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Kids’ music playlists: What’s a parent to do?

GRAPEVINE, Texas (BP)–While parents can turn to online filters to control the Internet activity of their children, many will find the screening of music downloads far more difficult.

Todd Stocker, in his book “Infinite Playlists” recently republished by Kregel, recalls Martin Luther’s conviction that music should be given a place of great honor “next after theology.” Stocker offers parents a guideline in deciding which music is “acceptable and healthy” and which is not, first addressing God’s purpose for music.

“Ultimately, my goal is to help foster healthy conversations between you and your child — conversations about music, honoring God, and the importance of correct decisions when it comes to music and media,” he writes.

Unlike many books and websites that promote specific artists, bands, songs or genres of music, Stocker merely uses these as examples in making his points about the effects of music. The issue became personal to Stocker when his 13-year-old son wandered into a Virgin Records store while on vacation with Stocker’s parents, and then called to ask for counsel.

“I was expecting him to ask me my preference between Audio Adrenaline and Relient K (two very cool Christian bands) so I said, ‘Let me guess; you want to know if you can get a CD,'” Stocker recalls.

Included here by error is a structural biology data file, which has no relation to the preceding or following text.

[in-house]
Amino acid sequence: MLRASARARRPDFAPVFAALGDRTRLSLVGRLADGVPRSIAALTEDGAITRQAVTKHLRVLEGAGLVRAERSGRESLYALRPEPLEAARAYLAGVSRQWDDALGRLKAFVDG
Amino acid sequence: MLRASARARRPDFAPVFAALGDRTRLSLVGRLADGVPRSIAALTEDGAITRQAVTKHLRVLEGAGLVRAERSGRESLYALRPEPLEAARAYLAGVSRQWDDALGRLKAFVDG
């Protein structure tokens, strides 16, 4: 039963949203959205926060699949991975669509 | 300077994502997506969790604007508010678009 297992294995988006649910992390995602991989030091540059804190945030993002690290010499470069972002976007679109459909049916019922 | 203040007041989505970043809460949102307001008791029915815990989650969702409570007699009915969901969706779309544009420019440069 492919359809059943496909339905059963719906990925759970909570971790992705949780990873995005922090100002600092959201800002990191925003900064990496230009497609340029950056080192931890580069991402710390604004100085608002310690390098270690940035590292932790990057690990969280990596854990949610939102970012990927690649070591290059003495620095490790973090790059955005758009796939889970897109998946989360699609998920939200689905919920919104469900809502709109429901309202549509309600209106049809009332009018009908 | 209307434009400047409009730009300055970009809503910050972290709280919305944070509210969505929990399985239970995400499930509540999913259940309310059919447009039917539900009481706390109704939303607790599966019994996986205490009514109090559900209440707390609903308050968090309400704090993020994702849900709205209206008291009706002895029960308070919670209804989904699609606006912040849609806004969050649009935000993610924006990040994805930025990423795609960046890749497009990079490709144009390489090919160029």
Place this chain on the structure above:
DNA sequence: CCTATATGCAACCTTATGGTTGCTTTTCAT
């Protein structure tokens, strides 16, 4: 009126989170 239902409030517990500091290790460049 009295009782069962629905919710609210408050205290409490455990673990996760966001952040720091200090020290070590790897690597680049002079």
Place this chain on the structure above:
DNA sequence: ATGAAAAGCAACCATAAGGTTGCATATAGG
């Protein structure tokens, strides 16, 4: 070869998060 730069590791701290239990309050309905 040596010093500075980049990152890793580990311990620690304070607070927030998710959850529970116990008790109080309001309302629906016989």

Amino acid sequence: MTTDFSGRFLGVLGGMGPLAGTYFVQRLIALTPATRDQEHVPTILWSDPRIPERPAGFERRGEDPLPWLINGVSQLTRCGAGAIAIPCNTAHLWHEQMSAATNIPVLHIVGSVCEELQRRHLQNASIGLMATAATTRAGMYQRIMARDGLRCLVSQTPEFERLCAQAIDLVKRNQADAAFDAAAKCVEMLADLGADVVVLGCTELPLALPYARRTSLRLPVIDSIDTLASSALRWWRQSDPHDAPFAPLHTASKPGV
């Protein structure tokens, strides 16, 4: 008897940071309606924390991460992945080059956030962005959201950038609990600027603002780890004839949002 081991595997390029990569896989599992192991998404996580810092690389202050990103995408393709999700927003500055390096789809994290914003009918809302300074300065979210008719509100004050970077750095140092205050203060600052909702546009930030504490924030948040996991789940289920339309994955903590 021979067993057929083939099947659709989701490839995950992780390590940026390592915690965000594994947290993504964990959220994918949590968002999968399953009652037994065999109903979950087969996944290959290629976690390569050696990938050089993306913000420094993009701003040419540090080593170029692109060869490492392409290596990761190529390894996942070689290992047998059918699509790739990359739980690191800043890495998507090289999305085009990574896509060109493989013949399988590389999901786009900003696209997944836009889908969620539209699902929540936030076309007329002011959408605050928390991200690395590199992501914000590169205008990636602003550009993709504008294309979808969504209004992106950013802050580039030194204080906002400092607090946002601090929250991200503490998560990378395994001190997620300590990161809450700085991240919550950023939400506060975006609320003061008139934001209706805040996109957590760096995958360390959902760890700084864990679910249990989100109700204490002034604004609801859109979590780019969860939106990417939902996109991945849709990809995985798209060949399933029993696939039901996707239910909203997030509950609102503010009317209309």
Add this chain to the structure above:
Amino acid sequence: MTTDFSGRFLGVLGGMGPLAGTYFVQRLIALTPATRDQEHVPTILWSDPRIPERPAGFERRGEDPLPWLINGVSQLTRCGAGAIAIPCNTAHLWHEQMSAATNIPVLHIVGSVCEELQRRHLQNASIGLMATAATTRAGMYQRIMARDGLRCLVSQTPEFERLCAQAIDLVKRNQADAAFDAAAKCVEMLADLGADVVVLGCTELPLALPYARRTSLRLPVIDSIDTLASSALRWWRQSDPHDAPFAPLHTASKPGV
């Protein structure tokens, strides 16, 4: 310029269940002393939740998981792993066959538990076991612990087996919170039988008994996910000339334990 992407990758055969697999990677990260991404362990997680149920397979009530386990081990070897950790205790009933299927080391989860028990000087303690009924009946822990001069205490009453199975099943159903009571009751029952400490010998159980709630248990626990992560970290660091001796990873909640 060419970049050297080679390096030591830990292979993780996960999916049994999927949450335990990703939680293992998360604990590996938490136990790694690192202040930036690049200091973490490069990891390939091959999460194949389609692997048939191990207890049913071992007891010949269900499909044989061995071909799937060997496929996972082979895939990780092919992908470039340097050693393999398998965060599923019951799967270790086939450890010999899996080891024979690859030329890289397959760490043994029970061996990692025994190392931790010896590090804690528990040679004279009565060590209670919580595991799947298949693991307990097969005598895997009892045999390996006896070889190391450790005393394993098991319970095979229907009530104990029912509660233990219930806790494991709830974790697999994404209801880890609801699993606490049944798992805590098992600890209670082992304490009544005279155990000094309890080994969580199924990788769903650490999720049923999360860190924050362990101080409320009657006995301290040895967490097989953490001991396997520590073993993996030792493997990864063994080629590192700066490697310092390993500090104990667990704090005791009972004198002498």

“Yes!” the boy answered. “Which is better? Van Halen or Def Leppard?”

First asking how he could have raised such a rebel, Stocker eventually realized the need for a discussion on music choices, forming the basis for the book he eventually wrote.

In underscoring the power of music, Stocker cites a study reported in Pediatrics magazine which found that 12- to 17-year-olds who listen to music with degrading sexual lyrics were more likely to engage in sexual activity than those who listen to music that simply deals with about love and romance.

While television, movies and printed media have their share of objectionable content, the study revealed that sexual content is much more prevalent in popular music lyrics than in any other medium, according to the 2006 report.

“God has designed music to be a spokesperson for our emotions. Phrasing, melody, rhythm, and beat all contribute to the emotional impact of a song,” Stocker writes. He cites Saul’s request from 1 Samuel 16 that David play his harp to soothe his tormented soul after disobeying God.

Stocker also addresses the emotional, physical and spiritual effects of lyrics, rhythm and context of a song; genres of music; and the difference between Christian and secular music.

“You would never allow your children to drink gasoline even if it was their choice to do so,” Stocker reminds. “Neither should you let your children drink music that could cripple them forever.”

At the same time, he insists that parents help their children know the reason behind such decisions, offering a series of common-sense and biblically based questions that go beyond “because I said so.”
Tammi Reed Ledbetter is news editor of the Southern Baptist TEXAN, newsjournal of the Southern Baptists of Texas Convention.

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